Understanding Vehicle Suspension: The Key Components and Their Impact on Ride Quality


Your car has many systems that work together to get you where you need to go. Your vehicle’s suspension system is what makes driving comfortable but also keeps you safe. If you find that your vehicle has some suspension challenges, you may consider purchasing replacement auto parts, but you should understand this system before you start.

Suspension System Components

Some vehicles have independent suspension types, while others have rigid suspension. However, all systems, even special or air suspension, have a few parts in common.

Shock Absorbers

Your car has either single-type or double-acting shock absorbers or both. Shock absorbers work closely with your springs to dampen the movement of your vehicle. It manages the up and down movements through absorber oil.


Your vehicle may have coil, leaf and torsion bar springs, among others. These components absorb the jolt that uneven roads may cause, improving comfort. However, your springs also keep your tires in contact with the road, which makes it safer and more stable.

Ball Joints

Upper and lower ball joints handle the load of your vehicle, both lateral and horizontal, and work with the rotation of your suspension system. As these pieces rub together, oil gets released to improve the function of your system.

Lateral Control Rods

Four-wheel-drive vehicles have lateral control rods. These components sit between the axle and the body of your vehicle to balance loads that originate from the side of the vehicle rather than under it.

Stabilizer Bars

Stabilizer bars balance your vehicle during turns. This is especially vital during high-speed or sudden turns. During a turn, the centrifugal force can push your vehicle out of balance and it needs components to prevent it from turning over or flipping. The iron rod connects the lower arm and car body, but it has inbuilt elasticity to improve the performance of your suspension system.

Strut Bars

A strut bar holds the lower arm. This component allows your wheels to work properly, allowing the front wheels to respond to the steering wheel.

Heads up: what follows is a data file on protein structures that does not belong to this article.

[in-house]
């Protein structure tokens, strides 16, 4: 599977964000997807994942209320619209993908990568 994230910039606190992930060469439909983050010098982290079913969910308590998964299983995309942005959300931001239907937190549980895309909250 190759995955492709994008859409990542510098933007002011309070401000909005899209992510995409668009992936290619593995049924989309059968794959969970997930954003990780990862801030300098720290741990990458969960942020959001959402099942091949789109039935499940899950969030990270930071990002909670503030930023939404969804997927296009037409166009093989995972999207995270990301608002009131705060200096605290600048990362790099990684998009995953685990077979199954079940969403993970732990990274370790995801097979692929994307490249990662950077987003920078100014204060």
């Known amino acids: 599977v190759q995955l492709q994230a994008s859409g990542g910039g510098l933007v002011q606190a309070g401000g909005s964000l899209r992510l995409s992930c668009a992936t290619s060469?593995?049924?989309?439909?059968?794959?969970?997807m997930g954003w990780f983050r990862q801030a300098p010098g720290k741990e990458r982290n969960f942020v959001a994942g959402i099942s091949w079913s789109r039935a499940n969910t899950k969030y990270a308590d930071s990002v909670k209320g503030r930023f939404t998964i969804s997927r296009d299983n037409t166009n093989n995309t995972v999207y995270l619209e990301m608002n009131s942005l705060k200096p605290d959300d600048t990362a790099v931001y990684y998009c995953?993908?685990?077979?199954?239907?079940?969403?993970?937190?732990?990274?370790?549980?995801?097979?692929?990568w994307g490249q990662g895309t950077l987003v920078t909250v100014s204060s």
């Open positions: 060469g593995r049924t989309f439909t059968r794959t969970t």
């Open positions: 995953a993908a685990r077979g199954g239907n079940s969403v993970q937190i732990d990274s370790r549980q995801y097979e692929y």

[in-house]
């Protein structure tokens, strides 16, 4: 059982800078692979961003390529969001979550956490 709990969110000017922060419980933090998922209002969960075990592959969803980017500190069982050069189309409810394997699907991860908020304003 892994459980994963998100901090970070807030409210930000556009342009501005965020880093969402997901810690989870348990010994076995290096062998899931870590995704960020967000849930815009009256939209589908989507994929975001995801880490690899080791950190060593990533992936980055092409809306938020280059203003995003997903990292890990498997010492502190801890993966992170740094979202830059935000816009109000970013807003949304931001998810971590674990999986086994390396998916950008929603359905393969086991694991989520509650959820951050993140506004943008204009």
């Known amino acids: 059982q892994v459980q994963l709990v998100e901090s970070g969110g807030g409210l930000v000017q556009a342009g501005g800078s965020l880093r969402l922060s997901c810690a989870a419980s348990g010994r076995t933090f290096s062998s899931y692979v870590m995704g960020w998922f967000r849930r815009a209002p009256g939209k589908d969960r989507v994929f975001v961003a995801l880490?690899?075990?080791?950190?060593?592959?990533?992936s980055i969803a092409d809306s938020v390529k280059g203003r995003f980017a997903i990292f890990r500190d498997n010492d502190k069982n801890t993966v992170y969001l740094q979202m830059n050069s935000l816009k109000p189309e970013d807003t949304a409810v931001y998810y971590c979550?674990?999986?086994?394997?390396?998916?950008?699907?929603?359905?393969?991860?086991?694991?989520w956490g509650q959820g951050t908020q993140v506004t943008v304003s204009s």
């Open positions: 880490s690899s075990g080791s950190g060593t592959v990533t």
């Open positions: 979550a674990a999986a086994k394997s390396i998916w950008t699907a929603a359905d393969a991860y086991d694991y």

Upper and Lower Arms

These arms connect the body of your vehicle with the knuckle arm. The knuckle arm attaches to the wheels. They move up and down and help the car remain stable during turns.

Knuckle Arm

The knuckle arm holds the spindle shaft that allows the wheels to continuously rotate. The ball joint connects to the knuckle arm through the ball joint.

Upgrading Suspension for Performance

When you have to replace your suspension parts, you may consider an upgrade or two. For example, air suspension improves your ride comfort and increases your safety when you have to navigate obstacles. You can also upgrade your shocks and struts to improve your car’s balance and weight transfer. Upgraded coil springs and shock absorbers improve how your car handles, especially during accelerating and braking.

You can also upgrade some of your chassis through sway bars, which reduce roll during quick turns. If you want to lower your center of gravity, you may also lower your springs. This upgrade improves your performance by making it sportier.

As you consider learn more about and consider upgrading your suspension system, don’t forget to add protection to other areas of your vehicle’s systems, such as installing a Dorman 600-234xd power take-off unit to protect your vehicle from internal lubrication failures.


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